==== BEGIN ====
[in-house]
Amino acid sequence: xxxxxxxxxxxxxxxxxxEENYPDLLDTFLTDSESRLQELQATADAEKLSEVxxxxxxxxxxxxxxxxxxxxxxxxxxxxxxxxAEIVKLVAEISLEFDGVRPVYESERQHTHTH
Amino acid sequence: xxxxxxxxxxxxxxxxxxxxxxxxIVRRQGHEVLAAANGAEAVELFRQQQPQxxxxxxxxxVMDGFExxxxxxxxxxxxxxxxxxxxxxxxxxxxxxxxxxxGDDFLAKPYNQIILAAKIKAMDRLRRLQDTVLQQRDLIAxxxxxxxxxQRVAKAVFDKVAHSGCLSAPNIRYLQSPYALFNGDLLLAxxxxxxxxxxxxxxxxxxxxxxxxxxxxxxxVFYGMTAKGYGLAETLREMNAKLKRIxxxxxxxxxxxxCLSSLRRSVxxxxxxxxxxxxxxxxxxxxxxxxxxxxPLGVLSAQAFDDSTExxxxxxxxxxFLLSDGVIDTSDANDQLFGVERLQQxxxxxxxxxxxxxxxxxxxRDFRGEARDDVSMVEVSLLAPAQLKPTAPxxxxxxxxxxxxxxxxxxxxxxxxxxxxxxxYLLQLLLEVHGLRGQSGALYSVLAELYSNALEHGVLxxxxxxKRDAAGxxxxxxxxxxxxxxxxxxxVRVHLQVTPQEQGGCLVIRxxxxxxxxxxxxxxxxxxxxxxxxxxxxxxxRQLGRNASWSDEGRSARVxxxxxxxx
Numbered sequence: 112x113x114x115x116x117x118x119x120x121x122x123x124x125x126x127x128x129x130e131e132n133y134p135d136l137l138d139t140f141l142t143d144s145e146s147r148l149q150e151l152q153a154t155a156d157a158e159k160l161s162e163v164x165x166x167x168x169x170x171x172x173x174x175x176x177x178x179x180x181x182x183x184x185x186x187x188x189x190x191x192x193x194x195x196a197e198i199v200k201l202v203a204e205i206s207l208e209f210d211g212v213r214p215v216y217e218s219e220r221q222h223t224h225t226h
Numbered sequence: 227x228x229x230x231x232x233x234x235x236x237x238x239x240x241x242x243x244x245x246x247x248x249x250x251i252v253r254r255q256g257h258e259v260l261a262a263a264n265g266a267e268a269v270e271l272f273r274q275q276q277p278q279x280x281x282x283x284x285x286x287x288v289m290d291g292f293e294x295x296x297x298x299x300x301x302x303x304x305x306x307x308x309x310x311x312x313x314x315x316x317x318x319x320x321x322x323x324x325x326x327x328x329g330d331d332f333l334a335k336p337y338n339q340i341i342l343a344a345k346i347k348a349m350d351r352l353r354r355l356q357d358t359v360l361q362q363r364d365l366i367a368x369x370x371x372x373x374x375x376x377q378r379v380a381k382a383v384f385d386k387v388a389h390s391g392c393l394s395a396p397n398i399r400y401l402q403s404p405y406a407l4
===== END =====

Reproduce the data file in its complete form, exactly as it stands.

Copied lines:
[in-house]
Amino acid sequence: xxxxxxxxxxxxxxxxxxEENYPDLLDTFLTDSESRLQELQATADAEKLSEVxxxxxxxxxxxxxxxxxxxxxxxxxxxxxxxxAEIVKLVAEISLEFDGVRPVYESERQHTHTH
Amino acid sequence: xxxxxxxxxxxxxxxxxxxxxxxxIVRRQGHEVLAAANGAEAVELFRQQQPQxxxxxxxxxVMDGFExxxxxxxxxxxxxxxxxxxxxxxxxxxxxxxxxxxGDDFLAKPYNQIILAAKIKAMDRLRRLQDTVLQQRDLIAxxxxxxxxxQRVAKAVFDKVAHSGCLSAPNIRYLQSPYALFNGDLLLAxxxxxxxxxxxxxxxxxxxxxxxxxxxxxxxVFYGMTAKGYGLAETLREMNAKLKRIxxxxxxxxxxxxCLSSLRRSVxxxxxxxxxxxxxxxxxxxxxxxxxxxxPLGVLSAQAFDDSTExxxxxxxxxxFLLSDGVIDTSDANDQLFGVERLQQxxxxxxxxxxxxxxxxxxxRDFRGEARDDVSMVEVSLLAPAQLKPTAPxxxxxxxxxxxxxxxxxxxxxxxxxxxxxxxYLLQLLLEVHGLRGQSGALYSVLAELYSNALEHGVLxxxxxxKRDAAGxxxxxxxxxxxxxxxxxxxVRVHLQVTPQEQGGCLVIRxxxxxxxxxxxxxxxxxxxxxxxxxxxxxxxRQLGRNASWSDEGRSARVxxxxxxxx
Numbered sequence: 112x113x114x115x116x117x118x119x120x121x122x123x124x125x126x127x128x129x130e131e132n133y134p135d136l137l138d139t140f141l142t143d144s145e146s147r148l149q150e151l152q153a154t155a156d157a158e159k160l161s162e163v164x165x166x167x168x169x170x171x172x173x174x175x176x177x178x179x180x181x182x183x184x185x186x187x188x189x190x191x192x193x194x195x196a197e198i199v200k201l202v203a204e205i206s207l208e209f210d211g212v213r214p215v216y217e218s219e220r221q222h223t224h225t226h
Numbered sequence: 227x228x229x230x231x232x233x234x235x236x237x238x239x240x241x242x243x244x245x246x247x248x249x250x251i252v253r254r255q256g257h258e259v260l261a262a263a264n265g266a267e268a269v270e271l272f273r274q275q276q277p278q279x280x281x282x283x284x285x286x287x288v289m290d291g292f293e294x295x296x297x298x299x300x301x302x303x304x305x306x307x308x309x310x311x312x313x314x315x316x317x318x319x320x321x322x323x324x325x326x327x328x329g330d331d332f333l334a335k336p337y338n339q340i341i342l343a344a345k346i347k348a349m350d351r352l353r354r355l356q357d358t359v360l361q362q363r364d365l366i367a368x369x370x371x372x373x374x375x376x377q378r379v380a381k382a383v384f385d386k387v388a389h390s391g392c393l394s395a396p397n398i399r400y401l402q403s404p405y406a407l4